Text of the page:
Hassan is waiting for us in front of the department store window, lit from behind, looking up and down the high street with a mobile phone in one hand, one hand pressing a handkerchief to the side of his face, as if one of the mannequins had magically stepped through the glass and was standing there waiting to see what would happen next. When he sees us pull up he finishes his call and walks over.
‘Hi. Guys. Thanks for coming.’
‘What happened to you?’
‘Oh. These guys. They jumped me as I came past, punched me in the face, stole my bag. Fuck. I’m okay, though. I’m okay. I think.’
I open up the side door of the truck and he sits down on the forward seat.
‘Thanks. Thanks a lot,’ he says.
I turn on the examination light and check his injuries; a few scuffs and lumps, a line of blood running down the side of his face and congealing under his chin.
‘Were you knocked out?’
‘No. It’s fine. I’m okay.’
I carry on checking him over. There is a coolly competent air about him, something contained, that makes the whole job clean and quick, like opening up a car bonnet and checking the oil. I hand him some cleansing wipes.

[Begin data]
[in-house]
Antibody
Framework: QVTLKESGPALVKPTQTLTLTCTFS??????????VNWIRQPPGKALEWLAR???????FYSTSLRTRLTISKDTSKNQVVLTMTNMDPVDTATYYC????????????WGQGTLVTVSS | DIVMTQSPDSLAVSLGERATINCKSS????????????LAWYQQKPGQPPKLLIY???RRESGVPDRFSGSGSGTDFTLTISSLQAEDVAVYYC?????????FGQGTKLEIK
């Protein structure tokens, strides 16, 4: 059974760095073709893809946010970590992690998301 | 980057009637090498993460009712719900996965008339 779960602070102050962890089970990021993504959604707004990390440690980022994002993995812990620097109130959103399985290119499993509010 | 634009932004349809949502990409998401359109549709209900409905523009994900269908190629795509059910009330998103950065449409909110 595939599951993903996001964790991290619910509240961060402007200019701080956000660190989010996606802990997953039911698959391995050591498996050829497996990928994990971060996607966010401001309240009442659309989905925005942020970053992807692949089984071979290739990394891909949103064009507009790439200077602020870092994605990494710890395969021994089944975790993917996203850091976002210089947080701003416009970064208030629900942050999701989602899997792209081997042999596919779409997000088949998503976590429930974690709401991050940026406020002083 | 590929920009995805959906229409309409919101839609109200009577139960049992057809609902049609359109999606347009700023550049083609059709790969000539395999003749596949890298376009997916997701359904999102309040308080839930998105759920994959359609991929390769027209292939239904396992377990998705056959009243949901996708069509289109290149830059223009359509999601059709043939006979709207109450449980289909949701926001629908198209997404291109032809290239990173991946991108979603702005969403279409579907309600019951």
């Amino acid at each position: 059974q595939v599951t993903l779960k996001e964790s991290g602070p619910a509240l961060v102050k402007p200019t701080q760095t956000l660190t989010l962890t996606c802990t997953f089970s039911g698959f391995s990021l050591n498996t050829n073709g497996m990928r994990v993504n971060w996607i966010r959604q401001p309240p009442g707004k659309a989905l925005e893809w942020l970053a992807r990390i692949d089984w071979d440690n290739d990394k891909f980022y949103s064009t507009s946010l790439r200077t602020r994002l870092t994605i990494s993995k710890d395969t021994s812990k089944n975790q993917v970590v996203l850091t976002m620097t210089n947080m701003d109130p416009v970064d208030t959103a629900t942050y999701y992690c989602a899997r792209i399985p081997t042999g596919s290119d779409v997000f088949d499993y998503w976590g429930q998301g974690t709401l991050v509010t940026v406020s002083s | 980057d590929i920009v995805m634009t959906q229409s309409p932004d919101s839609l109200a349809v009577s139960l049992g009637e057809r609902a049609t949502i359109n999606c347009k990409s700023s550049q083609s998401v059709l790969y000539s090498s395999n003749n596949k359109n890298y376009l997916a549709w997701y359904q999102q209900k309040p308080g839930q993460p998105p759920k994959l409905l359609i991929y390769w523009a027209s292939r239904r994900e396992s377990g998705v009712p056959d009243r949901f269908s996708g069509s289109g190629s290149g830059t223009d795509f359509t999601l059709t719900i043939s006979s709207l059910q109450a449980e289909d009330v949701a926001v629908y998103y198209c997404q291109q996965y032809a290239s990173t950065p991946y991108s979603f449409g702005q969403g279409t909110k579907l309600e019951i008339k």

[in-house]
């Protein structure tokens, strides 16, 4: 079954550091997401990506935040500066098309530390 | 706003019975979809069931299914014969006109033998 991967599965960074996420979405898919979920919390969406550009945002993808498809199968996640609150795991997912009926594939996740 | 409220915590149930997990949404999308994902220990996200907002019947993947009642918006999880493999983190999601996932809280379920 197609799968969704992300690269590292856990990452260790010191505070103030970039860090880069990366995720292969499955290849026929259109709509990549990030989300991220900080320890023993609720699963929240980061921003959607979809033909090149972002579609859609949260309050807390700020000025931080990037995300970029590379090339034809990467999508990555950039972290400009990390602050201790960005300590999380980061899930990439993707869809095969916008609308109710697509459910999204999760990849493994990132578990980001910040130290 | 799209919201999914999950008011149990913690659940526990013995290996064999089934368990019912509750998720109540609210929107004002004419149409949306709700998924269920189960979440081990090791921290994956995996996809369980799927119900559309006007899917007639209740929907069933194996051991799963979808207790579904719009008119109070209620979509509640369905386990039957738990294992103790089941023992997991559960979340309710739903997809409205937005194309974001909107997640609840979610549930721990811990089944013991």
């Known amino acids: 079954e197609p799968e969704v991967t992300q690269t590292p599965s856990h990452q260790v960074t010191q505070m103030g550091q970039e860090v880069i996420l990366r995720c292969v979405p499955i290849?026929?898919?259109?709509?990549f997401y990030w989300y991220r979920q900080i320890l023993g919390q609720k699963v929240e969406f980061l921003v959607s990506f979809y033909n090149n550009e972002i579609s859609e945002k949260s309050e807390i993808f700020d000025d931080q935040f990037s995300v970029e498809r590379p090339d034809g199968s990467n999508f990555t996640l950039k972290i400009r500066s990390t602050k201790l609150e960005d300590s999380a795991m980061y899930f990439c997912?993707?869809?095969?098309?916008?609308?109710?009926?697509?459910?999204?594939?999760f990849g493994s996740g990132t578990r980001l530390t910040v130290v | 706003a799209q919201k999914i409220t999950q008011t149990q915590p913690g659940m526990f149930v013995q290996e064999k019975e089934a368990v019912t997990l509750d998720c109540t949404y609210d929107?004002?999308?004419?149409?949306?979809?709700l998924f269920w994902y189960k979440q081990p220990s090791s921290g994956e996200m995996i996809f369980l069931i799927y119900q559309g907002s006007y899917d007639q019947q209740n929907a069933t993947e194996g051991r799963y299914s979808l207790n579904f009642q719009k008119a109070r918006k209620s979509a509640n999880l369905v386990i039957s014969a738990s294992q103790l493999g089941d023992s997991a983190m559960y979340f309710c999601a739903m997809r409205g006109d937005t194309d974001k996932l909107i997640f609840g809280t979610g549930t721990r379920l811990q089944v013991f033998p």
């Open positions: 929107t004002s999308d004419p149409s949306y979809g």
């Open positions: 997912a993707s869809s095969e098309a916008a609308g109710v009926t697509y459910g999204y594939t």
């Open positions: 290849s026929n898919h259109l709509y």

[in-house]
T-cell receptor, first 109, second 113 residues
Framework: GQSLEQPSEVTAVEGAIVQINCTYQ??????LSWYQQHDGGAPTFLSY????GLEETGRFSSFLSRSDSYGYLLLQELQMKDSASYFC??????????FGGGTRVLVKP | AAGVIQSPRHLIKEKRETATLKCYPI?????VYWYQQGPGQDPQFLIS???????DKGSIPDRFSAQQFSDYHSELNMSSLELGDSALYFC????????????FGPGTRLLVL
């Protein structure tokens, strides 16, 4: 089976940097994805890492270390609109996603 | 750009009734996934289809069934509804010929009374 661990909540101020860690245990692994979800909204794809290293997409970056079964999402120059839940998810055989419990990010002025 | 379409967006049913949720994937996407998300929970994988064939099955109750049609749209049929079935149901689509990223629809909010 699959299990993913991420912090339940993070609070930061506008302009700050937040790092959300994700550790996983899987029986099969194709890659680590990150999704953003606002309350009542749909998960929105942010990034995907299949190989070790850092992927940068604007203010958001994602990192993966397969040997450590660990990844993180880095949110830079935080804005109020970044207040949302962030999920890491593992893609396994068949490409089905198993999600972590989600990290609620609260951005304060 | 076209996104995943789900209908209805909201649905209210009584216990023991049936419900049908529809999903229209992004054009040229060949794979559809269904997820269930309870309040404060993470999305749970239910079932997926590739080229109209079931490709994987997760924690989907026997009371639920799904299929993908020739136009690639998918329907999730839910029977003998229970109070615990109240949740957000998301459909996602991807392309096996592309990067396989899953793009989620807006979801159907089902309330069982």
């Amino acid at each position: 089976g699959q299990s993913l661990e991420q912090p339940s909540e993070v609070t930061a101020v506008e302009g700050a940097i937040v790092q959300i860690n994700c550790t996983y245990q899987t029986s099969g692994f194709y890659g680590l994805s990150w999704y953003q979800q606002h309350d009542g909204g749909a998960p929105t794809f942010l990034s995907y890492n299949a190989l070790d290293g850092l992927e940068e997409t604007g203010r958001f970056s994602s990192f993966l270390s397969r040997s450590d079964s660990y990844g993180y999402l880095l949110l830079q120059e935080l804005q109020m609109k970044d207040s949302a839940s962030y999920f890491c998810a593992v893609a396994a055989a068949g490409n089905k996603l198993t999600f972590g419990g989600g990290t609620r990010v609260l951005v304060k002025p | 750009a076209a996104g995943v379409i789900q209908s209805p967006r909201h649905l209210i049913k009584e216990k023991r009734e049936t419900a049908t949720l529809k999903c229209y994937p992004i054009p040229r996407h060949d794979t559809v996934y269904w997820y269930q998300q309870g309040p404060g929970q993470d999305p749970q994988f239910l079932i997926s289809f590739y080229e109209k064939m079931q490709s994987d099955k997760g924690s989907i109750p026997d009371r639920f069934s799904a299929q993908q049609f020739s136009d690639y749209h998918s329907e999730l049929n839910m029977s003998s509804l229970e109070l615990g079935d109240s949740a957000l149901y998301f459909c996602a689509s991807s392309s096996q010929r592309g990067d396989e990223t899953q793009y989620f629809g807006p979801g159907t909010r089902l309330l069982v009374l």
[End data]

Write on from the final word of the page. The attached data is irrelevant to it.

There is a knock on the door – a police officer, taking off his hat and smiling up into the truck.
‘Sorry it took a while,’ he says.
‘Ah. No worries,’ says Hassan. ‘I’m okay. Really.’
Frank has filled in most of the form. He hands me the clip board.
‘So. Are you working or studying?’
‘I’m a student at the university. I started my course a couple of weeks ago.’
‘What are you studying?’
He stops wiping his bloodied hands for a second and smiles.
‘Disaster management,’ he says.
Frank laughs and folds his arms.
‘What’s this, then? Homework?’